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In Web Site Strategy and Planning, Jen Kramer shows that there’s more to building a web site than just implementation. She describes how to create a plan that will ensure the end product meets the client’s needs and is as efficient and scalable as possible. Jen explains how to identify the right technology for the design, whether it is CMS-driven or static, and how to organize content and graphics. She shows how to create a project proposal that includes pricing and milestones that demonstrate to the client that work is being done. She also discusses how to measure the success of the design through analytics and user feedback.
All too frequently, clients get focused on getting the website out there. Launch day comes and everyone celebrates. All too soon though, the client forgets about the website. It sits there, unloved, and out of date, because no one thought through what those updates might be and how they would occur. Some updates are straightforward and easy for your client to make, or at least they should be. For example, if your client has a blog, being able to create new blog posts without a high level of technical proficiency is a must for that blog software.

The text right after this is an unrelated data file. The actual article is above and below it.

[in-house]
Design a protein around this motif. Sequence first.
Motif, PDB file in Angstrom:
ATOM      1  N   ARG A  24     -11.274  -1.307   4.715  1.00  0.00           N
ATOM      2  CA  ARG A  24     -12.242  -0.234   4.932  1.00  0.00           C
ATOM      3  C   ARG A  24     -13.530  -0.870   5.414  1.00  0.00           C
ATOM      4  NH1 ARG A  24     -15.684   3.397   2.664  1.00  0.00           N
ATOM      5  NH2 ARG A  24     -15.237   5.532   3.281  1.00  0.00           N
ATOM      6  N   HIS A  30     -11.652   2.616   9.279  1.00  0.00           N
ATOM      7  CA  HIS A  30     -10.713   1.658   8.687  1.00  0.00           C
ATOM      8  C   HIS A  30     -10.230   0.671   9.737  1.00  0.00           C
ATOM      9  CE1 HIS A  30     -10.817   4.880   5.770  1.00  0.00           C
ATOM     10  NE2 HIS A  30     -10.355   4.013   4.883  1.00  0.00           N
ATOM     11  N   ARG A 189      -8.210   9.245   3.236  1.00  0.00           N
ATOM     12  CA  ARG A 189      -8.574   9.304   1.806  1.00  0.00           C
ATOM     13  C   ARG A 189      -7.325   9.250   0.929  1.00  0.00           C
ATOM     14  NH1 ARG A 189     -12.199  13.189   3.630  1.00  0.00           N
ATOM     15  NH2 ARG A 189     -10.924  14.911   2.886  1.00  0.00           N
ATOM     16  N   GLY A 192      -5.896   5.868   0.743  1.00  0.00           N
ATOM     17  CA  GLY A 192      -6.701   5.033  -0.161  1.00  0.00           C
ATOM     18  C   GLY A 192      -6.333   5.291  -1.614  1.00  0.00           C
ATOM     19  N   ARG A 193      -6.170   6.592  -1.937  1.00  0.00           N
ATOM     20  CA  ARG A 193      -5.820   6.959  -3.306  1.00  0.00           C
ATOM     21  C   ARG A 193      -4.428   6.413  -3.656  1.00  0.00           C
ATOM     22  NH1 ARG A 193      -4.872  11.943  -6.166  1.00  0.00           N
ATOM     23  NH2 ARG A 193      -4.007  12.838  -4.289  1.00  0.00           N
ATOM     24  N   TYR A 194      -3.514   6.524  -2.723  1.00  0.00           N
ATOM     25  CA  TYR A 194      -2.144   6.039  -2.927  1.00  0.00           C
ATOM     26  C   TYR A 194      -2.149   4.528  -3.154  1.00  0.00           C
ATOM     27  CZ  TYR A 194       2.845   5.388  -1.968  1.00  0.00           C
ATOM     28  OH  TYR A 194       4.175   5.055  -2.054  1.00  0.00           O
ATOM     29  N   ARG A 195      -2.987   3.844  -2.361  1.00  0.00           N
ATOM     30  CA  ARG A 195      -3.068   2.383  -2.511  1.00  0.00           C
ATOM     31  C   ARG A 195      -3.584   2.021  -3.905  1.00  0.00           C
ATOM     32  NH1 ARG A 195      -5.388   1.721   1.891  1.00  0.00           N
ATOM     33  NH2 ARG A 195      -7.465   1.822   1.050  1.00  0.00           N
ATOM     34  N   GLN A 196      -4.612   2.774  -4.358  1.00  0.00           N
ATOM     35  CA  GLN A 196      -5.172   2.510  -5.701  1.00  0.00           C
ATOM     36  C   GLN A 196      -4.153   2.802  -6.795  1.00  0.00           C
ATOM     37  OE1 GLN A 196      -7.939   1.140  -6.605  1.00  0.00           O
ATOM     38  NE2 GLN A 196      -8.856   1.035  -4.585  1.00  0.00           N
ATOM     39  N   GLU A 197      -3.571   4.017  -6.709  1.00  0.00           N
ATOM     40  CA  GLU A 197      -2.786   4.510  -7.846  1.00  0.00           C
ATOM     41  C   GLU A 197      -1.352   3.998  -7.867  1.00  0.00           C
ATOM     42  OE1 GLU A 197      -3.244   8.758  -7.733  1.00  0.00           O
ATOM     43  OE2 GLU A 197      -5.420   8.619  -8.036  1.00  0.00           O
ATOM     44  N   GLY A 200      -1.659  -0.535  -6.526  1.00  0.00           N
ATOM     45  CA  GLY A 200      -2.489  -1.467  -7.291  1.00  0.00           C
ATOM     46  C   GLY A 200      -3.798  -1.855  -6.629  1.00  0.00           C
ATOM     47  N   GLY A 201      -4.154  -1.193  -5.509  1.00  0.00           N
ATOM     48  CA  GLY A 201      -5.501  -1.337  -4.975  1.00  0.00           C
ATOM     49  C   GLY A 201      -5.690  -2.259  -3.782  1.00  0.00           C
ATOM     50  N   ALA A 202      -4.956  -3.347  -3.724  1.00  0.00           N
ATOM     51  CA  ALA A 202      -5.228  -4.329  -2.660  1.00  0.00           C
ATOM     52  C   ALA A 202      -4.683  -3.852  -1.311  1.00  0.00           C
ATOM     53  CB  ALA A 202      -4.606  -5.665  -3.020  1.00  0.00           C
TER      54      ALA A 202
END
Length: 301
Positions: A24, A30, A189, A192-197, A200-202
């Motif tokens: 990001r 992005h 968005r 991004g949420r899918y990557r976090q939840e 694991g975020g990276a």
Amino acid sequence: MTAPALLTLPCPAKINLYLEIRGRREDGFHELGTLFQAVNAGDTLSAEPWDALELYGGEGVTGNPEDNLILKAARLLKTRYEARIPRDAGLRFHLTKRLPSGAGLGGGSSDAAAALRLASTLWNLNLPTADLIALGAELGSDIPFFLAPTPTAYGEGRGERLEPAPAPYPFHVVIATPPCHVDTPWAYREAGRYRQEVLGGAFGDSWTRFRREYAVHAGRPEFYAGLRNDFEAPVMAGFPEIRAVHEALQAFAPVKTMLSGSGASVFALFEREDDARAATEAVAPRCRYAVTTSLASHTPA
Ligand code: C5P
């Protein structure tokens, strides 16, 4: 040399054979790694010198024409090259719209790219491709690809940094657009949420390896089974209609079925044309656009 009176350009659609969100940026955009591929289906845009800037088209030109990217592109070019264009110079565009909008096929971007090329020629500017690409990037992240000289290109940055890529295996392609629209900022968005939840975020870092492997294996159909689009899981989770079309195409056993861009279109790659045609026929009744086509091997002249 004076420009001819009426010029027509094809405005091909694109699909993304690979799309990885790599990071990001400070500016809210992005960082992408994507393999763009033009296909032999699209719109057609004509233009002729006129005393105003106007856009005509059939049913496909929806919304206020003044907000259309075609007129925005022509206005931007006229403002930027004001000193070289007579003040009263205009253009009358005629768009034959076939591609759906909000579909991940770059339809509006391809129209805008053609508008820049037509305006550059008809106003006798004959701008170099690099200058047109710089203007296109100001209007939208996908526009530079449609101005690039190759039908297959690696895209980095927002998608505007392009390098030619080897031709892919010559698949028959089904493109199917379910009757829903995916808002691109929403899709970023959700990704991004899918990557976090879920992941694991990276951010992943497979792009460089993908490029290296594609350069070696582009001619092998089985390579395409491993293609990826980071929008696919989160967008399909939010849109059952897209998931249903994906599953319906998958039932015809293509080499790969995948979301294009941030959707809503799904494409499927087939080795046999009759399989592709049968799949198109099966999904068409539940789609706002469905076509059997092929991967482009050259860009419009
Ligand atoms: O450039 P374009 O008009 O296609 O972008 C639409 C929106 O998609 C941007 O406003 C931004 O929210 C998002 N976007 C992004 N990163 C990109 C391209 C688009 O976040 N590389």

However, if your client has never worked with a computer before, perhaps asking them to make blog posts is not a good idea. Other updates may be more difficult depending on the technological solution you choose for building your website. Talk with your client about what they anticipate will change weekly, monthly, quarterly, yearly and almost never, then figure out if they have the technical ability level to do the weekly and the monthly updates. And that you have a technological solution, to match those needs quarterly, yearly and almost never updates can be firmed out to you.
The client does need to make sure that he has the time to make those regular updates or he needs to pay you to do them and they need to have the money to do that. Make sure your client understands that the website is an ongoing expense in terms of renewing domain names and hosting software licenses, if applicable, and other changes that might need to happen, for example, new functionality or software upgrades. A website is never a one-time expense.
Thinking about Hansel & Petal, Kirk Hansel is pretty good on his computer. He knows some Word and does e-mail and absolutely loves Facebook. Of course, he's going to need some training on the Content Management System, but he'll be okay with keeping the site going. He's very, very excited about the blog and the opportunity to talk about green flowers. I will have to do the general upgrades for this website and I need to remember to include that cost in my web hosting fee. Knowing what maintenance will be required for the site in advance will drive which technologies you choose to solve those problems.
The last thing you want is to pick hard-to- use or cloogy software that your client hates. If that's the case, they will wind up thinking ill of you too. Do your homework, and you'll get a much happier ending.
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